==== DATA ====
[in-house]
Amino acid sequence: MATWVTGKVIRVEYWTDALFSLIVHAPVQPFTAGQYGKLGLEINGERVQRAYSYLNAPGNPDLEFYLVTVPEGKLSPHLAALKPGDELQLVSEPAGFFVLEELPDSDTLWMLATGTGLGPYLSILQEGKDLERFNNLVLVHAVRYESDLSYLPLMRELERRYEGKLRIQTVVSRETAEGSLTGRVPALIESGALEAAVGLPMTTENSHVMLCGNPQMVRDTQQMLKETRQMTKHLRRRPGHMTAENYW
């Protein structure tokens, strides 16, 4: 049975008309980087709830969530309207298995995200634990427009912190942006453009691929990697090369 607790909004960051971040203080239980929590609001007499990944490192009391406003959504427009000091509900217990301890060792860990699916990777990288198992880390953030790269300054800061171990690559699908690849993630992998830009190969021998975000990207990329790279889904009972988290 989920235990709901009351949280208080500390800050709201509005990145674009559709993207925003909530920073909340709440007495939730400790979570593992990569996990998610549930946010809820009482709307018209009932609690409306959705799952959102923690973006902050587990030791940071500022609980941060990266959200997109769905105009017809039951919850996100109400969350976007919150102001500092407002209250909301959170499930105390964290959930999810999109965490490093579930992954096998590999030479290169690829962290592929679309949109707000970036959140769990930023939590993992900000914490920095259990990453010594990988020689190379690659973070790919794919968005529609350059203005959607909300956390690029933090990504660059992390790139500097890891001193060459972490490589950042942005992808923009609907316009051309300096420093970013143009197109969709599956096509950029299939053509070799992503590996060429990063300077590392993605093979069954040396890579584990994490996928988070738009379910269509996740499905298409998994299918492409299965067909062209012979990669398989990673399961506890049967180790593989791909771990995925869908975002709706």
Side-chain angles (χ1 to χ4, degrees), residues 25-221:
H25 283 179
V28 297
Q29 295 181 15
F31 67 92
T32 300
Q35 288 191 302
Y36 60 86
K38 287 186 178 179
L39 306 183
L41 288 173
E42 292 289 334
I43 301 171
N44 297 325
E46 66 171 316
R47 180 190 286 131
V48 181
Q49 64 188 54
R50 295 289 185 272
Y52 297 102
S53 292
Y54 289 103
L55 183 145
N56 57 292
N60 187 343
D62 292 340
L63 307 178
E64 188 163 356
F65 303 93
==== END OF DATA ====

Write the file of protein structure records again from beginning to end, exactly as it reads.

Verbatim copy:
[in-house]
Amino acid sequence: MATWVTGKVIRVEYWTDALFSLIVHAPVQPFTAGQYGKLGLEINGERVQRAYSYLNAPGNPDLEFYLVTVPEGKLSPHLAALKPGDELQLVSEPAGFFVLEELPDSDTLWMLATGTGLGPYLSILQEGKDLERFNNLVLVHAVRYESDLSYLPLMRELERRYEGKLRIQTVVSRETAEGSLTGRVPALIESGALEAAVGLPMTTENSHVMLCGNPQMVRDTQQMLKETRQMTKHLRRRPGHMTAENYW
């Protein structure tokens, strides 16, 4: 049975008309980087709830969530309207298995995200634990427009912190942006453009691929990697090369 607790909004960051971040203080239980929590609001007499990944490192009391406003959504427009000091509900217990301890060792860990699916990777990288198992880390953030790269300054800061171990690559699908690849993630992998830009190969021998975000990207990329790279889904009972988290 989920235990709901009351949280208080500390800050709201509005990145674009559709993207925003909530920073909340709440007495939730400790979570593992990569996990998610549930946010809820009482709307018209009932609690409306959705799952959102923690973006902050587990030791940071500022609980941060990266959200997109769905105009017809039951919850996100109400969350976007919150102001500092407002209250909301959170499930105390964290959930999810999109965490490093579930992954096998590999030479290169690829962290592929679309949109707000970036959140769990930023939590993992900000914490920095259990990453010594990988020689190379690659973070790919794919968005529609350059203005959607909300956390690029933090990504660059992390790139500097890891001193060459972490490589950042942005992808923009609907316009051309300096420093970013143009197109969709599956096509950029299939053509070799992503590996060429990063300077590392993605093979069954040396890579584990994490996928988070738009379910269509996740499905298409998994299918492409299965067909062209012979990669398989990673399961506890049967180790593989791909771990995925869908975002709706």
Side-chain angles (χ1 to χ4, degrees), residues 25-221:
H25 283 179
V28 297
Q29 295 181 15
F31 67 92
T32 300
Q35 288 191 302
Y36 60 86
K38 287 186 178 179
L39 306 183
L41 288 173
E42 292 289 334
I43 301 171
N44 297 325
E46 66 171 316
R47 180 190 286 131
V48 181
Q49 64 188 54
R50 295 289 185 272
Y52 297 102
S53 292
Y54 289 103
L55 183 145
N56 57 292
N60 187 343
D62 292 340
L63 307 178
E64 188 163 356
F65 303 93